Motcomb Street is a cobbled street with individual charm and home to high-end specialist retailers in fashion, art and antiques, as well as health and beauty salons and top-quality restaurants.

Elizabeth Street features an abundance of sophisticated and quirky shops ranging from Henry Stokes stationer, to hat maker Philip Treacy’s only London store and jewellers Erickson Beamon, De Vroomen and Kim Poor.

Elystan Street:is a second hand clothes shop, Sign of the Times (17 Elystan Street) is brimming with designer finds: barely worn Louboutins, Jimmy Choos and Bottega Veneta bags have all been spotted in store. If you’re lucky, you might even find a classic piece of Chanel.

 

Restaurants:

As you’d expect, there’s a lot of fine dining in Belgravia, but it’s also possible to find friendly cafés and less formal restaurants. Below are some suggestions in the area to investigate:

Amaya: a traditional curry house that serves up something different.
Motcomb Street
http://www.amaya.biz/

Zafferano: Italian cooking as an art form. Very popular and booking is recommended.
15 Lowndes Street
http://zafferanorestaurant.com/

Nobu: Very fashionable, very celebrity central. High end Japanese food with a big reputation.
Old Park Lane
http://www.noburestaurants.com/

Le Poule au Pot: French bistro, entertaining waiters and regularly voted the most romantic restaurant in London.
231 Ebury Street
http://www.pouleaupot.co.uk/

Grenadier: diminutive pub famous for its resident guardsman who not only gave his name to the place but continues to haunt it too.
18 Wilton Row

Boisdale of Belgravia: Lively Scottish restaurant with cigar terrace, whisky bars, private dining rooms and live jazz every night.
15 Eccleston Street
http://www.boisdale.co.uk/

Olivomare: Sardinian cuisine.
12 Lower Belgrave Street
http://www.olivorestaurants.com/

Santini: Mid-range, modern, minimalist Italian dining.
29 Ebury Street
http://www.santini-restaurant.com/

Petrus: Michelen starred restaurant with a fierce reputation.
1 Kinnerton Street
http://www.gordonramsay.com/petrus/

The Pantechnicon: Gastro Pub.
10 Motcomb Street
http://www.thepantechnicon.com/

Ottolenghi: Middle-eastern influenced delicious deli and café.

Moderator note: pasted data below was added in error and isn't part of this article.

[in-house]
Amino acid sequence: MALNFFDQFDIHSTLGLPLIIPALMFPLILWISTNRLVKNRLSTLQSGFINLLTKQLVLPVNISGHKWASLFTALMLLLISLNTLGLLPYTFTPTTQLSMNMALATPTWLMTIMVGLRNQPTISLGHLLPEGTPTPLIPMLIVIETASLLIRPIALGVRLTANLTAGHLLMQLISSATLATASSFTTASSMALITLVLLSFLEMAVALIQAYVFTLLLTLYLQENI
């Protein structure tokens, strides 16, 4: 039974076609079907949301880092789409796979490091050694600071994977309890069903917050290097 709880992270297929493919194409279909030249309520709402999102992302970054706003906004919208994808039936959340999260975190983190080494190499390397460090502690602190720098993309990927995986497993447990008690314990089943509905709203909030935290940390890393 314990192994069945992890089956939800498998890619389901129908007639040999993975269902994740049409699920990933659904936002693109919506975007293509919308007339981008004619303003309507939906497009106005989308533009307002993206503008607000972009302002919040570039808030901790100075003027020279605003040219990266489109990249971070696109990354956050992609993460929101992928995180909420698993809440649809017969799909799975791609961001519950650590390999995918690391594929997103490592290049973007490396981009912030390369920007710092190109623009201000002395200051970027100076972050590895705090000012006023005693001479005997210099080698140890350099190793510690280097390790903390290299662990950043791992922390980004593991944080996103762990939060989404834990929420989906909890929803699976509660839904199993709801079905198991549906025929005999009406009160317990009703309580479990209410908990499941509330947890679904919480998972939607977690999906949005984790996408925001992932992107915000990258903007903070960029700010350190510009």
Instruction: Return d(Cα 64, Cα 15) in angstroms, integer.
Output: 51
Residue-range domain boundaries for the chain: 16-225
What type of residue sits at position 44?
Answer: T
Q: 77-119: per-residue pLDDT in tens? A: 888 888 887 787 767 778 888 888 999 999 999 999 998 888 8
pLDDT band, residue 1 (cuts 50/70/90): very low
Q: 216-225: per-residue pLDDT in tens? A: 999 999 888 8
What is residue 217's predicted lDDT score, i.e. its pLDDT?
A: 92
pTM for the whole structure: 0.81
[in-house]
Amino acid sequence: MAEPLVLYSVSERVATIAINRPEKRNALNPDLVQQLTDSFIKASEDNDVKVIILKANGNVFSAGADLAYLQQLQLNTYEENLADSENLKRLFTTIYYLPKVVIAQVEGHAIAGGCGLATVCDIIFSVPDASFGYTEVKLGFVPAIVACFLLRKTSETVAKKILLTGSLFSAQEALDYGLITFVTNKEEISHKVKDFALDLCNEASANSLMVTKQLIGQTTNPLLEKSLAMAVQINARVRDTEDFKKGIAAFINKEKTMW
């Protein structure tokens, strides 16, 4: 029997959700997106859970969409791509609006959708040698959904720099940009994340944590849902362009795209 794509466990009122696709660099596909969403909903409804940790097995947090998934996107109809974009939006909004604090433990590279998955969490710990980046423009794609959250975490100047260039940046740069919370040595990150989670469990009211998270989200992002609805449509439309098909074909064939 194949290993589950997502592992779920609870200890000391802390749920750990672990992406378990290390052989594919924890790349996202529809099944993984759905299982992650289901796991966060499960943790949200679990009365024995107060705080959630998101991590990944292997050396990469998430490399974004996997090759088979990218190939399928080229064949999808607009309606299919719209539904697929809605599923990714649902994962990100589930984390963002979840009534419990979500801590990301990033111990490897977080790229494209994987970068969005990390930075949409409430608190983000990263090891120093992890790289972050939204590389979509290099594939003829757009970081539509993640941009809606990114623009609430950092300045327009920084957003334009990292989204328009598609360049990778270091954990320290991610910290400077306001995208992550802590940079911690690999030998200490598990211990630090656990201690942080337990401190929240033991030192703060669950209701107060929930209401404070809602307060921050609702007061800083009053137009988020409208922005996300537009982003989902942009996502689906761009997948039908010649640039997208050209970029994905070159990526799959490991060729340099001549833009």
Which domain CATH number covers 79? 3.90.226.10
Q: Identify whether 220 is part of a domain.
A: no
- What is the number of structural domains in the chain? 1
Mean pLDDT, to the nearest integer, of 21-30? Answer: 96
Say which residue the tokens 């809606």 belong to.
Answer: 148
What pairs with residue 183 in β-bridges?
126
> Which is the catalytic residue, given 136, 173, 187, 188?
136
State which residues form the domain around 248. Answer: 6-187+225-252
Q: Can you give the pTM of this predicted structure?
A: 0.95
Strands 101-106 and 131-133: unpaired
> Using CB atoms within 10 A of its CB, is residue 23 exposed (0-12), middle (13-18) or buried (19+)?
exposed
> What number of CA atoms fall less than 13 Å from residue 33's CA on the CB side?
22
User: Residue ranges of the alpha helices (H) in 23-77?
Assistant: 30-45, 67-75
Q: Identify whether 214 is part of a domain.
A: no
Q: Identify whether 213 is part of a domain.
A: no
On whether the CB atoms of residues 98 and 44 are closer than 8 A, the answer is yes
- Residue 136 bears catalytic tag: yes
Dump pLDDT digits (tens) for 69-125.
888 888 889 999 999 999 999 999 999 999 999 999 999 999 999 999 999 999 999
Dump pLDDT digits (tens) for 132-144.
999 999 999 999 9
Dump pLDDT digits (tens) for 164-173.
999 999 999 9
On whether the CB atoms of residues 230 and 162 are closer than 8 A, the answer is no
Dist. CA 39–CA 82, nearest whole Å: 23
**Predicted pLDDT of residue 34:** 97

13 Motcomb Street
 http://www.ottolenghi.co.uk/

Baker and Spice: a great place for tea, coffee, cakes and delicious deli food.
54 Elizabeth Street
http://www.bakerandspice.uk.com/

Eclipse: good for cocktails and late-night drinks.
11 Walton Street

 

A Short History:
How times change: in the 17th century Belgravia was a desolate swamp and windswept pasture known as ‘the Five Fields’, a notoriously dangerous place to be avoided.  Around the same time, the Grosvenor family inherited the 400 acres of land and named the area Belgravia after Belgrave, a village on their family estate in Cheshire, England.

Fortunes changed in 1825 when King George IV decided to make Buckingham Palace his permanent residence.  The Grosvenor family seized the opportunity by commissioning architect Thomas Cubitt to build an area of exclusive housing on this newly fashionable land.  The grand, classical designs survive to this day and are considered to be amongst the most fashionable residential property in London.  Past and present Belgravia residents include historians, poets, princes, statesmen, industrialists, inventors, field marshals, scientists, actors, politicians, painters and reformers.

Today, it’s one of the most exclusive areas in London and home to A-list celebrities, the privileged and the super-rich, entrepreneurs and oil tycoons, Russian oligarchs and business magnates.

Don’t forget our 24-Hour Concierge service  can help arrange your tickets, transport and restaurant reservations.

To view Maykenbel’s serviced apartments in Belgravia:

Chesham Court